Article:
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Getting Industrial About The Hybrid Computing And AI Revolution

#artificialintelligence

For oil and gas companies looking at drilling wells in a new field, the issue becomes one of return vs. cost. The goal is simple enough: install the fewest number of wells that will draw them the most oil or gas from the underground reservoirs for the longest amount of time. The more wells installed, the higher the cost and the larger the impact on the environment. However, finding the right well placements quickly becomes a highly complex math problem. Too few wells sited in the wrong places leaves a lot of resources in the ground.


A Hybrid AI Approach to Optimizing Oil Field Planning

#artificialintelligence

What's the best way to arrange wells in an oil or gas field? It's a simple enough question, but the answer can be very complex. Now a Cal Tech/JPL spinoff is developing a new approach that blends traditional HPC simulation with deep reinforcement learning running on GPUs to optimize energy extraction. The well placement game is a familiar one to oil and gas companies. For years, they have been using simulators running atop HPC systems to model underground reservoirs.


A Max-Min Entropy Framework for Reinforcement Learning

arXiv.org Artificial Intelligence

In this paper, we propose a max-min entropy framework for reinforcement learning (RL) to overcome the limitation of the maximum entropy RL framework in model-free sample-based learning. Whereas the maximum entropy RL framework guides learning for policies to reach states with high entropy in the future, the proposed max-min entropy framework aims to learn to visit states with low entropy and maximize the entropy of these low-entropy states to promote exploration. For general Markov decision processes (MDPs), an efficient algorithm is constructed under the proposed max-min entropy framework based on disentanglement of exploration and exploitation. Numerical results show that the proposed algorithm yields drastic performance improvement over the current state-of-the-art RL algorithms.


MADE: Exploration via Maximizing Deviation from Explored Regions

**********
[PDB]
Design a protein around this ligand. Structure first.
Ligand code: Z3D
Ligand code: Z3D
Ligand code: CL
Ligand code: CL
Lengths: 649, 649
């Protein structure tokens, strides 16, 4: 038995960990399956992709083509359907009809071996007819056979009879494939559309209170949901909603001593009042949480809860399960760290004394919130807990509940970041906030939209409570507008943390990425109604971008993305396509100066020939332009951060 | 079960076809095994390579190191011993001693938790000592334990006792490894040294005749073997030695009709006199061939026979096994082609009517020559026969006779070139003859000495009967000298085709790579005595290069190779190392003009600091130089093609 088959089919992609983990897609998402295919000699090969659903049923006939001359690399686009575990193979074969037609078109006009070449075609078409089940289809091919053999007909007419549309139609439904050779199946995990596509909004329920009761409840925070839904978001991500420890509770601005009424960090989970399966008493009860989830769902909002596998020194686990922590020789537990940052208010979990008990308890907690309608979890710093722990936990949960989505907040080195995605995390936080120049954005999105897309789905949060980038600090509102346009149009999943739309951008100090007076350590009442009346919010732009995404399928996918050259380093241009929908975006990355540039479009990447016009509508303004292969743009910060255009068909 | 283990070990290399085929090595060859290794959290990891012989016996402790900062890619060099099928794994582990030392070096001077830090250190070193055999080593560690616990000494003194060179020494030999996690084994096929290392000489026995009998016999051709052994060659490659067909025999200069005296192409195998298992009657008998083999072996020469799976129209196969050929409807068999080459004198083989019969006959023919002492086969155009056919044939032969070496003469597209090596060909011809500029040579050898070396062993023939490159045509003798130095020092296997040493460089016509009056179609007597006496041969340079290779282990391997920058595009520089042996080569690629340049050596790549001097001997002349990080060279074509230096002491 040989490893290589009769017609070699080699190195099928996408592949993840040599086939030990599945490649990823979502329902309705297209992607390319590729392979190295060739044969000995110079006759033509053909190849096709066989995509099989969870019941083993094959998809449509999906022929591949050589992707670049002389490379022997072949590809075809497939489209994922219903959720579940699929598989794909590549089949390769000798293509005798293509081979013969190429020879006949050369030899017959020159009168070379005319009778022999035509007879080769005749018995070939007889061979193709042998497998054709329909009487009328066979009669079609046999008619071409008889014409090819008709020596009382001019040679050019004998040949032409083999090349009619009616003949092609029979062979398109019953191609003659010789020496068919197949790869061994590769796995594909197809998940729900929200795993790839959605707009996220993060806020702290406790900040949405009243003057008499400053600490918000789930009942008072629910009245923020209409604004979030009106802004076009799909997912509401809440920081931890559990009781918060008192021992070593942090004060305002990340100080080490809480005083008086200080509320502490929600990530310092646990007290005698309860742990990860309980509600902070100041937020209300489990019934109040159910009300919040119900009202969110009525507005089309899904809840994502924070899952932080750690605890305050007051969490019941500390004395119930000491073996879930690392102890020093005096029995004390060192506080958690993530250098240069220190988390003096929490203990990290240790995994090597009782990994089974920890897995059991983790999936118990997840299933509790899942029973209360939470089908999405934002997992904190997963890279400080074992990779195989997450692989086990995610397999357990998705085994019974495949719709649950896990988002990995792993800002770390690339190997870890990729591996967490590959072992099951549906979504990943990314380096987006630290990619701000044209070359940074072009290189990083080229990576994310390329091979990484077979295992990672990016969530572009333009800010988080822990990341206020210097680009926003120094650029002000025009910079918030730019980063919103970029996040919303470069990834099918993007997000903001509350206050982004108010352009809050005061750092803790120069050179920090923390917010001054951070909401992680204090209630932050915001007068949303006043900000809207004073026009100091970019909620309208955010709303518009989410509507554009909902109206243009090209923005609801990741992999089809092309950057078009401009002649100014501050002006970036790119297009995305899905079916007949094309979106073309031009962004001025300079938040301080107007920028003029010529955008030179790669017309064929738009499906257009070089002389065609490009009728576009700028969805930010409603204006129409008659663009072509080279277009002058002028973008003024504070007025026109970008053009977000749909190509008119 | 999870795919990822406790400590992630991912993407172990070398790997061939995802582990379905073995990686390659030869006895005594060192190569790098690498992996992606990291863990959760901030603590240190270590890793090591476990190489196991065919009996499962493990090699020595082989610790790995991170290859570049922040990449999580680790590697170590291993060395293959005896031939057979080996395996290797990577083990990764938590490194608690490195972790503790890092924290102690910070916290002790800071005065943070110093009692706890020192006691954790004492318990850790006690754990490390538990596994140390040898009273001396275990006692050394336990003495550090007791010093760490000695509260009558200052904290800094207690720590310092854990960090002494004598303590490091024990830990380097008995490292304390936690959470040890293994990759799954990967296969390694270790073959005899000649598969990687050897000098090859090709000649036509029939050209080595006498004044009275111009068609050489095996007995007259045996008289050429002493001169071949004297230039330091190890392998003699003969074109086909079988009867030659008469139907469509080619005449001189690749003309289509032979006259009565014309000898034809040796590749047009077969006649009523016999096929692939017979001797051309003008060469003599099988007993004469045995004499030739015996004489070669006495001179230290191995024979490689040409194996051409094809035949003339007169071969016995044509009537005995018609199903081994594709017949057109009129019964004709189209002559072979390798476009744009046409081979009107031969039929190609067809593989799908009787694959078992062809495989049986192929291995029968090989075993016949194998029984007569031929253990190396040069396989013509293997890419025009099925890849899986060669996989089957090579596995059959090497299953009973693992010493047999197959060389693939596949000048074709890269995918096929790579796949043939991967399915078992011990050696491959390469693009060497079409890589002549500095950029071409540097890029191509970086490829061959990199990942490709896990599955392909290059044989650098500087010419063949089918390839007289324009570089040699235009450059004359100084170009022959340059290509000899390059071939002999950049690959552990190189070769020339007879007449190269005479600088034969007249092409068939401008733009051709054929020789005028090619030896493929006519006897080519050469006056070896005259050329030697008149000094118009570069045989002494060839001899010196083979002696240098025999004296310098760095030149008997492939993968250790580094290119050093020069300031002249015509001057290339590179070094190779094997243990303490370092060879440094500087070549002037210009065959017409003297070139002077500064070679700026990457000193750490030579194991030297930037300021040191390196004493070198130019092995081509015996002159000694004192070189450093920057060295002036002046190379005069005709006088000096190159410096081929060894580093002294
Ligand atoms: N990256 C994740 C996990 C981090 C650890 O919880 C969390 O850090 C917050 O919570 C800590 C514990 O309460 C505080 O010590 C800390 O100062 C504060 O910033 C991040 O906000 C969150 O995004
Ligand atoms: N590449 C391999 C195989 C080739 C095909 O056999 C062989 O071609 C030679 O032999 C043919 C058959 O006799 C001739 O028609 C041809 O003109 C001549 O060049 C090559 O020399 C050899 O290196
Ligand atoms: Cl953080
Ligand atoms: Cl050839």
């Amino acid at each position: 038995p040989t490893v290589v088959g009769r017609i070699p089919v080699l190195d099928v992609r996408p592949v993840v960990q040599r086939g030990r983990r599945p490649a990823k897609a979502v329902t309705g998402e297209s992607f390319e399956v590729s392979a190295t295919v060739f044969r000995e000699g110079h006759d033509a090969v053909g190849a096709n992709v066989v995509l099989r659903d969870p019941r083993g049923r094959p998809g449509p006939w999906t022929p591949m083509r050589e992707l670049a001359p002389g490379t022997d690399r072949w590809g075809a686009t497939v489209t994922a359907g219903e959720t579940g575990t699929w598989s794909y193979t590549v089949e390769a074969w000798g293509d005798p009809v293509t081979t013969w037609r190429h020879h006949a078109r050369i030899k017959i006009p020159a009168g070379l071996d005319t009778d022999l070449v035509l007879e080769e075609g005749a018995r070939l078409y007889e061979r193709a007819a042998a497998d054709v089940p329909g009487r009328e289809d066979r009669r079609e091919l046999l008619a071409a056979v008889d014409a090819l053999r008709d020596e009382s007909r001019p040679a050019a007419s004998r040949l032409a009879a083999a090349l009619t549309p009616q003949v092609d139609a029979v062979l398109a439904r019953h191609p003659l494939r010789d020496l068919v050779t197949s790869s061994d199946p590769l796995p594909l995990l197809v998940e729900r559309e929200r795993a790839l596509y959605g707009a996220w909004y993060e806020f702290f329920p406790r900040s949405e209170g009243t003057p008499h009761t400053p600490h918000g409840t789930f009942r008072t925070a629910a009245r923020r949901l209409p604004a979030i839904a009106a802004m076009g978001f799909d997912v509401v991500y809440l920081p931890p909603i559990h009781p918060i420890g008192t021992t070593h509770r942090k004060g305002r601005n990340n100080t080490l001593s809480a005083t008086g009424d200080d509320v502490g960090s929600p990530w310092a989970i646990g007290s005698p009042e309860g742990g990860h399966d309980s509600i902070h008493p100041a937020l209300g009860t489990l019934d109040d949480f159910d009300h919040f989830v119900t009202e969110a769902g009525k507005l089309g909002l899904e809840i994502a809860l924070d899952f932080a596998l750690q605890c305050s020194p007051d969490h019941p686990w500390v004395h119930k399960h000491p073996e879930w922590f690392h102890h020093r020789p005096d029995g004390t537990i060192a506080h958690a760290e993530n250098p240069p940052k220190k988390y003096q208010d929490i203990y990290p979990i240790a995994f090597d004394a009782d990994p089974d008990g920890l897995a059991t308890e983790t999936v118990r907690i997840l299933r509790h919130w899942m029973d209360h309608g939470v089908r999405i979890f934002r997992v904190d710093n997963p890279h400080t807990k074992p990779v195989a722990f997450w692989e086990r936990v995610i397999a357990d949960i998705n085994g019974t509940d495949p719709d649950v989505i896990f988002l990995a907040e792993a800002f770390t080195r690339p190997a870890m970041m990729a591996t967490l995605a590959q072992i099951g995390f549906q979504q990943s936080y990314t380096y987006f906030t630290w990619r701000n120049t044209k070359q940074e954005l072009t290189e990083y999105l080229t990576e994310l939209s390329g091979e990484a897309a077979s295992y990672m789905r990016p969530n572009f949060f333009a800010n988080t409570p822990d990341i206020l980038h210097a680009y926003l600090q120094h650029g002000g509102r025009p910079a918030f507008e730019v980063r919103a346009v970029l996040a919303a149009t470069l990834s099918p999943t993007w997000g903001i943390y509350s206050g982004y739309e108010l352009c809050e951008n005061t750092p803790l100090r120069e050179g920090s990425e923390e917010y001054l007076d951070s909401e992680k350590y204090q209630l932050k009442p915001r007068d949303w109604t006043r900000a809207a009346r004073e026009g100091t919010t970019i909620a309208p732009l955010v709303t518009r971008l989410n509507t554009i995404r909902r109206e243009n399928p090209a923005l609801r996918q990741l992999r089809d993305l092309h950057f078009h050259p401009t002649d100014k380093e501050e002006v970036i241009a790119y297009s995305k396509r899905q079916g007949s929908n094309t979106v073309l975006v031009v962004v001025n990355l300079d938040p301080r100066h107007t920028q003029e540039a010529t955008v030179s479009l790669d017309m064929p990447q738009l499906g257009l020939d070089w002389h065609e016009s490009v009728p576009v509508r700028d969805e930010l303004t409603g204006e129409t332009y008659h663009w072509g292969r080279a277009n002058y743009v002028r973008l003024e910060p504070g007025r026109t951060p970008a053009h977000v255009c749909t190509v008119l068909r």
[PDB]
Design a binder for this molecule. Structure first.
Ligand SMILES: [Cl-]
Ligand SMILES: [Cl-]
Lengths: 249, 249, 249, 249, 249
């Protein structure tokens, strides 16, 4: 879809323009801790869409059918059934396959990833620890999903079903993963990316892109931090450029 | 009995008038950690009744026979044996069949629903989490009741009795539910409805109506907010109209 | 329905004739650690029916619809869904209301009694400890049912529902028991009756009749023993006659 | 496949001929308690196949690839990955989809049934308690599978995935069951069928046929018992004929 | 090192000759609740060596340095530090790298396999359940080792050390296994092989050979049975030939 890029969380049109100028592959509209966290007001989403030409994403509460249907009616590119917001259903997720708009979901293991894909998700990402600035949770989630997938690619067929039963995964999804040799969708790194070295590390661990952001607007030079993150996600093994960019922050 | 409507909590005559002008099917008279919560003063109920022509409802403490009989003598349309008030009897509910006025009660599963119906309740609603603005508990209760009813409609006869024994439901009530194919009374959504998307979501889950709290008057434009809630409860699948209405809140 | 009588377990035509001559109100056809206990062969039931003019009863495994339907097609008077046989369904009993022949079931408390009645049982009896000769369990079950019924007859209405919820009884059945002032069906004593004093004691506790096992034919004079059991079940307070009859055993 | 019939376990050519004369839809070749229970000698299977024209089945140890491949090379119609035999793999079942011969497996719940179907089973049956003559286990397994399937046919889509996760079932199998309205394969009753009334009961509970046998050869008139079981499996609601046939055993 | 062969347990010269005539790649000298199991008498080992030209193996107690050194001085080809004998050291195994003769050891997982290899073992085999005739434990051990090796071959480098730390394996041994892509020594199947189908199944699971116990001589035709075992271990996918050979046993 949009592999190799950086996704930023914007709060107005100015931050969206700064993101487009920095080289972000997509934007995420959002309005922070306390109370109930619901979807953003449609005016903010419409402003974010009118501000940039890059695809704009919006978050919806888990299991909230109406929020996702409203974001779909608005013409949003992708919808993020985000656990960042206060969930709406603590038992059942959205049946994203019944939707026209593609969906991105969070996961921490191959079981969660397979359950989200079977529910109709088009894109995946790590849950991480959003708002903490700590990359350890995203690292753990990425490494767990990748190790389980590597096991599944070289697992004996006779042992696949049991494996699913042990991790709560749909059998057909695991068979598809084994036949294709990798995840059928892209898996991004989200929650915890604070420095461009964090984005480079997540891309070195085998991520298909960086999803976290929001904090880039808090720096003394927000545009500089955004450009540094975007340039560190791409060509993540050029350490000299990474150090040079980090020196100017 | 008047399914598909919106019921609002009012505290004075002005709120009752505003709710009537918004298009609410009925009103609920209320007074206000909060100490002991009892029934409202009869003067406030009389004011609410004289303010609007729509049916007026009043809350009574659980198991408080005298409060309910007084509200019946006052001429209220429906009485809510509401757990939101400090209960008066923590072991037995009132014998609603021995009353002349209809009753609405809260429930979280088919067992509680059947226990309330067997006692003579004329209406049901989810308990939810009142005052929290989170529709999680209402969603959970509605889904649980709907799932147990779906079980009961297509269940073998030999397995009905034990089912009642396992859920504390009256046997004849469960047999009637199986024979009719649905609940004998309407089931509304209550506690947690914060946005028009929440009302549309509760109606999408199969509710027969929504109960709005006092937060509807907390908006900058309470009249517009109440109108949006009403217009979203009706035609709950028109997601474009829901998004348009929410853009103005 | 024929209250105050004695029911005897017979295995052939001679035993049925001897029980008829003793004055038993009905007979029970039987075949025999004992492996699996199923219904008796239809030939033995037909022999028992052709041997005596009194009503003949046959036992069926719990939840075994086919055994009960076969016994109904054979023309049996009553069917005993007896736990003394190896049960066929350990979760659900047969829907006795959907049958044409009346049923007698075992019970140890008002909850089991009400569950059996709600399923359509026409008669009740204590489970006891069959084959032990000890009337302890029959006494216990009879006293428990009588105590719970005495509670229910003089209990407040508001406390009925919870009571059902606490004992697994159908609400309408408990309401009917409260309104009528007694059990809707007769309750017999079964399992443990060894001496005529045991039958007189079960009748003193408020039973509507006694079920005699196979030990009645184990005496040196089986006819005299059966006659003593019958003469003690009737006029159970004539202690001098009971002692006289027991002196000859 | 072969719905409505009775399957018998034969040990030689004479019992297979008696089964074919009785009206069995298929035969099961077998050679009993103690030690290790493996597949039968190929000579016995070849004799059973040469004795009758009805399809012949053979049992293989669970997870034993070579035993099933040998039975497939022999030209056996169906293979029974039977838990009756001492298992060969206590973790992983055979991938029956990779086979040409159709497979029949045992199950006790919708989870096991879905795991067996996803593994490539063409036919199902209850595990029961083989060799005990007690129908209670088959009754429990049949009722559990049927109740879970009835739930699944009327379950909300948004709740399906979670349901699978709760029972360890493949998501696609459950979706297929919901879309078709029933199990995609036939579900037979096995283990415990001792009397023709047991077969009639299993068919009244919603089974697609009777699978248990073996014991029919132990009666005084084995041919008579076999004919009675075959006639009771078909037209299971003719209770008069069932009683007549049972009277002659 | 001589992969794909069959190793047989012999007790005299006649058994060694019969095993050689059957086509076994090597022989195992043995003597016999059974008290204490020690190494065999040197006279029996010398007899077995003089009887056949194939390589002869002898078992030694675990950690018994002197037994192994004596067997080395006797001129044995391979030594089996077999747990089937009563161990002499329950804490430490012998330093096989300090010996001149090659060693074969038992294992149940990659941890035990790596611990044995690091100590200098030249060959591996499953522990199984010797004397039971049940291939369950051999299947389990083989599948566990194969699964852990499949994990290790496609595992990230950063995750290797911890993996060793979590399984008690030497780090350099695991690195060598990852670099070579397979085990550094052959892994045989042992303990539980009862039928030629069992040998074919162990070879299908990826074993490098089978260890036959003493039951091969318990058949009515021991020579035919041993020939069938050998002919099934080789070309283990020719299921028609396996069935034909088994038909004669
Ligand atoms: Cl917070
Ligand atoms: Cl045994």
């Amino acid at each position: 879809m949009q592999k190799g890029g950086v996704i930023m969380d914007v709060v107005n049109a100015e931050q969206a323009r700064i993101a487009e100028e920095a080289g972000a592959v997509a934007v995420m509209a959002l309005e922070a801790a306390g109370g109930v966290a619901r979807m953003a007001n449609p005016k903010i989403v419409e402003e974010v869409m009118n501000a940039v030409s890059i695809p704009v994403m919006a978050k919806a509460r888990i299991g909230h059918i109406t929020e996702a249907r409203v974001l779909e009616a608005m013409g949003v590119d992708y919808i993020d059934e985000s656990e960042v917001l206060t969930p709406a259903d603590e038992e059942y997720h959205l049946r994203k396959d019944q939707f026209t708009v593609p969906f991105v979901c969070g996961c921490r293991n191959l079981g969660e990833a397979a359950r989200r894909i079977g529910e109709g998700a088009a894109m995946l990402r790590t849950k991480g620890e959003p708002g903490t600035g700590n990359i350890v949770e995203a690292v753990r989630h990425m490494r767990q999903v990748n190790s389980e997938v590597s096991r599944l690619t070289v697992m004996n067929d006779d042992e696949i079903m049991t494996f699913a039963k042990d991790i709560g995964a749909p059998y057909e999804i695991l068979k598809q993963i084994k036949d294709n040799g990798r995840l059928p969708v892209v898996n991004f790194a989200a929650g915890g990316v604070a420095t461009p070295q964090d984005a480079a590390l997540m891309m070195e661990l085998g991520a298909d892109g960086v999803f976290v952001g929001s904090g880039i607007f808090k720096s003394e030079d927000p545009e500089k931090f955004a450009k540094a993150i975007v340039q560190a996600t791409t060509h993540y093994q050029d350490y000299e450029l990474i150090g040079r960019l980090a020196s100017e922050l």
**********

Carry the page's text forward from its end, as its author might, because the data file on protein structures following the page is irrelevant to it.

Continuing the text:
arXiv.org Artificial Intelligence

In online reinforcement learning (RL), efficient exploration remains particularly challenging in high-dimensional environments with sparse rewards. In low-dimensional environments, where tabular parameterization is possible, count-based upper confidence bound (UCB) exploration methods achieve minimax near-optimal rates. However, it remains unclear how to efficiently implement UCB in realistic RL tasks that involve non-linear function approximation. To address this, we propose a new exploration approach via \textit{maximizing} the deviation of the occupancy of the next policy from the explored regions. We add this term as an adaptive regularizer to the standard RL objective to balance exploration vs. exploitation. We pair the new objective with a provably convergent algorithm, giving rise to a new intrinsic reward that adjusts existing bonuses. The proposed intrinsic reward is easy to implement and combine with other existing RL algorithms to conduct exploration. As a proof of concept, we evaluate the new intrinsic reward on tabular examples across a variety of model-based and model-free algorithms, showing improvements over count-only exploration strategies. When tested on navigation and locomotion tasks from MiniGrid and DeepMind Control Suite benchmarks, our approach significantly improves sample efficiency over state-of-the-art methods. Our code is available at https://github.com/tianjunz/MADE.